The chosen blog post for today is Lounge suits, to us this is one of the more popular choices for wedding. Your options are endless. The one thing all lounge suits have in common is their smart appeal.
History of the Men’s Lounge Suit
Even though it has origins going all the way back to the simplified dress codes established by Britain’s King Charles II in the 17th century, the modern lounge suit didn’t really take off until about 200 years later, in the late 19th century. That was when the rigid sartorial standards of the Victorian era loosened up to make way for comfortable, stylish menswear. The modern lounge suit was thus born, touting a distinguished and flattering aesthetic, but nevertheless comfortable fit (at least when compared to the Victorian era get-ups that came before it). As more or more men took to the corporate world throughout the 20th century, the lounge suit–also known as the business suit when darker in colour–became their apparel of choice.
Wearing a Lounge suit on your wedding day
Once you’ve found your fit, the rest should fall into place. One of the best things about a lounge suit is the chance to show off your personal sense of style.
For super-smart occasions like your wedding day when you want to turn heads, go for a three-piece lounge suit with a plain white shirt and a patterned tie, then add a pocket square to look even more sophisticated.
Want to add more focus on the Groom
The waistcoat is definitely a focal point, you can transform what would otherwise be an ordinary suit into a statement piece by using a contrasting waistcoat. STAND OUT from the rest. Feeling more adventurous introduce a contrast jacket too.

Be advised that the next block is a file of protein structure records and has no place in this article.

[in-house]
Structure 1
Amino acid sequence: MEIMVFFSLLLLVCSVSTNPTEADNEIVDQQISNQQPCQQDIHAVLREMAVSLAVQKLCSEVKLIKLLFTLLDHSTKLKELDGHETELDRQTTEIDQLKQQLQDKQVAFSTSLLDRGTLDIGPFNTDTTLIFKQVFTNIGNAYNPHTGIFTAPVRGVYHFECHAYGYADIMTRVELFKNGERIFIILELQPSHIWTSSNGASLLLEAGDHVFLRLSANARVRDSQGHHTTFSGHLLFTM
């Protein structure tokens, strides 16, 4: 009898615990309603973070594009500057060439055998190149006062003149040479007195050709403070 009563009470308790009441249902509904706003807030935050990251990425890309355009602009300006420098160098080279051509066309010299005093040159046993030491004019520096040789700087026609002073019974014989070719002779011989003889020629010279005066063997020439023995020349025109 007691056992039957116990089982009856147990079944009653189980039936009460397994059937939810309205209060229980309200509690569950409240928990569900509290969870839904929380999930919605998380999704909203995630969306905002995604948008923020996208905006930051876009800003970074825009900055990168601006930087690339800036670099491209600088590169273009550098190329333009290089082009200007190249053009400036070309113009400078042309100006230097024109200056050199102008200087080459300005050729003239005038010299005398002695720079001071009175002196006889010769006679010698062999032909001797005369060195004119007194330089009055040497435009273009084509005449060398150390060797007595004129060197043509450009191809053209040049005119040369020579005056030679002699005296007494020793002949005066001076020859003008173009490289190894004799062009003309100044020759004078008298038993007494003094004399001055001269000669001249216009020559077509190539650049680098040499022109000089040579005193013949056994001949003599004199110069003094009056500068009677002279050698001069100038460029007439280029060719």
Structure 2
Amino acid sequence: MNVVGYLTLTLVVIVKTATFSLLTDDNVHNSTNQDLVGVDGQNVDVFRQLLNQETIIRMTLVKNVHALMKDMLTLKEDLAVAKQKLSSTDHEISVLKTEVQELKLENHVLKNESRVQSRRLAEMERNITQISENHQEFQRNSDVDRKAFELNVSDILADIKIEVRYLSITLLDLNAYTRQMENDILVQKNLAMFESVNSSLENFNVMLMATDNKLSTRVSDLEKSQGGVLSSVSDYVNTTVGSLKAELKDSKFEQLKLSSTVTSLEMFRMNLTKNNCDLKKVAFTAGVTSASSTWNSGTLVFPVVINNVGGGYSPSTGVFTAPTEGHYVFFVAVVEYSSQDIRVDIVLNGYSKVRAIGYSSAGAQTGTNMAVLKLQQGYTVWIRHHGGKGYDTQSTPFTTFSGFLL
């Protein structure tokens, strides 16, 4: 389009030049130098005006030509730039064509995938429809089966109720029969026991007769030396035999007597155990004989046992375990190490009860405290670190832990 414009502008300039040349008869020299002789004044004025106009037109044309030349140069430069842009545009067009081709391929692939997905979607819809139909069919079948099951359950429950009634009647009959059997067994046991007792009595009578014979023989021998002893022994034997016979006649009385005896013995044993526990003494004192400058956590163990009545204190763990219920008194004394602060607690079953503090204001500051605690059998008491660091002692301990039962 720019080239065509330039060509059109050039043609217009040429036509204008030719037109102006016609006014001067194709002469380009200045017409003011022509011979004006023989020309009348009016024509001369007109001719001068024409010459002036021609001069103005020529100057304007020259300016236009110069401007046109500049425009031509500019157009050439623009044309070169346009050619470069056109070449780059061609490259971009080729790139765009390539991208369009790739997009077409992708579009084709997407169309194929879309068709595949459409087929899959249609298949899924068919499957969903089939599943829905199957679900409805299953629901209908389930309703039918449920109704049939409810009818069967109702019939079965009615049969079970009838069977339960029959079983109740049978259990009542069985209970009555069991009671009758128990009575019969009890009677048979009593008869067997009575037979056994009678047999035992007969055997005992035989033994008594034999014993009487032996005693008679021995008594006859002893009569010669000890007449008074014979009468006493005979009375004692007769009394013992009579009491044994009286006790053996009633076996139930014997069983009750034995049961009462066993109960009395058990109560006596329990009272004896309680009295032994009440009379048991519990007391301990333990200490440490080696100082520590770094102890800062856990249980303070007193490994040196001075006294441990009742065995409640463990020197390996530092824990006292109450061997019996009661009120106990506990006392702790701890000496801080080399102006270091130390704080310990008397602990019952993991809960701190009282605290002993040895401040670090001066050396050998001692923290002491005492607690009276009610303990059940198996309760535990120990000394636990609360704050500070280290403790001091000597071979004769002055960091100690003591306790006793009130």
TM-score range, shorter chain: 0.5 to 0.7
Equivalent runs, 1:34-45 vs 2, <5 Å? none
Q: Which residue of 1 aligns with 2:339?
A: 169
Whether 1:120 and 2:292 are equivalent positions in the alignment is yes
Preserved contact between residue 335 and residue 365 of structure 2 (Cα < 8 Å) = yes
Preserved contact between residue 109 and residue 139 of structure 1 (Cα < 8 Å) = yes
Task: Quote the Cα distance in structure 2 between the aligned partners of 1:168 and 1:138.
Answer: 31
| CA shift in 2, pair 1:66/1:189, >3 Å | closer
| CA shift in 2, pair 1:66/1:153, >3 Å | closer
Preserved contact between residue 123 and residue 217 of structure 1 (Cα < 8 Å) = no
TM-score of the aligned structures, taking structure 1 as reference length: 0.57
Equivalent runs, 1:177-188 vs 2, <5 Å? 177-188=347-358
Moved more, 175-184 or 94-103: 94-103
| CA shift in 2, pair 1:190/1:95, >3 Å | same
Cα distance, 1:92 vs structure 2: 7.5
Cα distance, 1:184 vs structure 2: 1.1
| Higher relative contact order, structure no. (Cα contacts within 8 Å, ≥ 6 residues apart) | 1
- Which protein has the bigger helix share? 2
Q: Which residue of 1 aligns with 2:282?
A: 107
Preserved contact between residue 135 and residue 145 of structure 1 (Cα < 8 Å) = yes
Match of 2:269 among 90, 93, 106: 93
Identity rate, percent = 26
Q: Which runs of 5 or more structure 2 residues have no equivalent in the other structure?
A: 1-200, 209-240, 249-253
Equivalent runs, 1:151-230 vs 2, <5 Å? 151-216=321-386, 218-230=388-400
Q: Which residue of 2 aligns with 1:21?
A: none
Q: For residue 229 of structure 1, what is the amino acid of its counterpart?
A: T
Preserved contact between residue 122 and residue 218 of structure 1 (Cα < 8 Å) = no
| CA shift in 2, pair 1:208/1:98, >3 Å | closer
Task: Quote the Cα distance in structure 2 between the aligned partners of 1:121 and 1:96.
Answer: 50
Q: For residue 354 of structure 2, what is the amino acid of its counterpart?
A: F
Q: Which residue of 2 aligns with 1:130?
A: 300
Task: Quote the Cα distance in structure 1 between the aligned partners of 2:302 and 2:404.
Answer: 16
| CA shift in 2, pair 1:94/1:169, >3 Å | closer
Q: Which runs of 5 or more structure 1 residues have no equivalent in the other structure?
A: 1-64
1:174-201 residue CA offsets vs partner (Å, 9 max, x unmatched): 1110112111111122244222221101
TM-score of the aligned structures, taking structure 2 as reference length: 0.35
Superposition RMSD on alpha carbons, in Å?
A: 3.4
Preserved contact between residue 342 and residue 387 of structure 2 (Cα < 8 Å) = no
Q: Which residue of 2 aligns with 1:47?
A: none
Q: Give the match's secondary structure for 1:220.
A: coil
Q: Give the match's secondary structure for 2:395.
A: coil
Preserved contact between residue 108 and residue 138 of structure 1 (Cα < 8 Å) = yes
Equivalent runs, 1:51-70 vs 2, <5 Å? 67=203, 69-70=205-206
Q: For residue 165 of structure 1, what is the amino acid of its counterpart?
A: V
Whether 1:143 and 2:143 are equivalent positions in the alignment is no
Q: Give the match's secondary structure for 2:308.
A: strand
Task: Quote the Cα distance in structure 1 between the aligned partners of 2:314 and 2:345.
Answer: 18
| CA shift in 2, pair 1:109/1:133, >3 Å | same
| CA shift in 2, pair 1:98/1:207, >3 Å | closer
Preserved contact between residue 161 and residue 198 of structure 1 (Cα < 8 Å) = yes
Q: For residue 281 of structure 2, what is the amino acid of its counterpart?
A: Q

Let us show you some examples of how our Grooms have used this contrast method.
Here at Groom we have a very large range of Lounge suits, blue is highly popular whether this be a rich dark navy or more a mid/royal blue. We also have black, Grey again we go from our charcoal tone to a more silver tone, then we also do check too.
How to wear a 3 piece suit?
Jacket can be worn buttoned or unbuttoned.
The waistcoat must always be worn buttoned all the way up, leaving the bottom button open. In the past the open bottom button prevented the waistcoat from riding-up when on horseback. Today the custom prevails to avoid stress to the garment caused by the expanding of the midsection when sitting down.
The waistcoat must be the correct length, covering the waistband of the trousers, but not going far below it.
Never wear a belt with a 3 piece suit, to avoid the waistcoat bunching up.
A 3 piece suit is never worn with a double breasted jacket as it would create too many layers to the front. A double breasted jacket also completely hides the waistcoat, defeating the purpose of wearing one.
If wearing a tie, it must be worn under the waistcoat, not outside of it.
Hope you enjoyed this blog we have more to come!